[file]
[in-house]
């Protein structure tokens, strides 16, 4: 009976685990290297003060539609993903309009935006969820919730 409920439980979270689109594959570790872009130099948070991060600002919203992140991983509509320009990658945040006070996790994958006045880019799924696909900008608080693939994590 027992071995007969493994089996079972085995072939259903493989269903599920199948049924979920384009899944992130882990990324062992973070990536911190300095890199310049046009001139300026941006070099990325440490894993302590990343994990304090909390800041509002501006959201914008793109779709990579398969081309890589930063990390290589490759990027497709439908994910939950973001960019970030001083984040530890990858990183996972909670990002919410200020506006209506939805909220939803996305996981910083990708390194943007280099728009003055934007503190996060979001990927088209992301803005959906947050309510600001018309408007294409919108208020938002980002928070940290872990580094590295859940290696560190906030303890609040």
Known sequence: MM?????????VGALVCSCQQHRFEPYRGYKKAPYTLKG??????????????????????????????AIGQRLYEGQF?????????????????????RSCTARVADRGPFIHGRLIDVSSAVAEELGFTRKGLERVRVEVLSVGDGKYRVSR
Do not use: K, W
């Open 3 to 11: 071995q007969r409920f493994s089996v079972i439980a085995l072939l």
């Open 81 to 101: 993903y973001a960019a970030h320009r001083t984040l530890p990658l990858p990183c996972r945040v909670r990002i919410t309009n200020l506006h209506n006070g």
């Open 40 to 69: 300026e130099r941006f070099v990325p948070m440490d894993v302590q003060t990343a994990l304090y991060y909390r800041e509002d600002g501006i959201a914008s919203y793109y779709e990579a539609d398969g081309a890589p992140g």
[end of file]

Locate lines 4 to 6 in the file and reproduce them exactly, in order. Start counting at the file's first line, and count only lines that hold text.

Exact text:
Do not use: K, W
């Open 3 to 11: 071995q007969r409920f493994s089996v079972i439980a085995l072939l």
């Open 81 to 101: 993903y973001a960019a970030h320009r001083t984040l530890p990658l990858p990183c996972r945040v909670r990002i919410t309009n200020l506006h209506n006070g």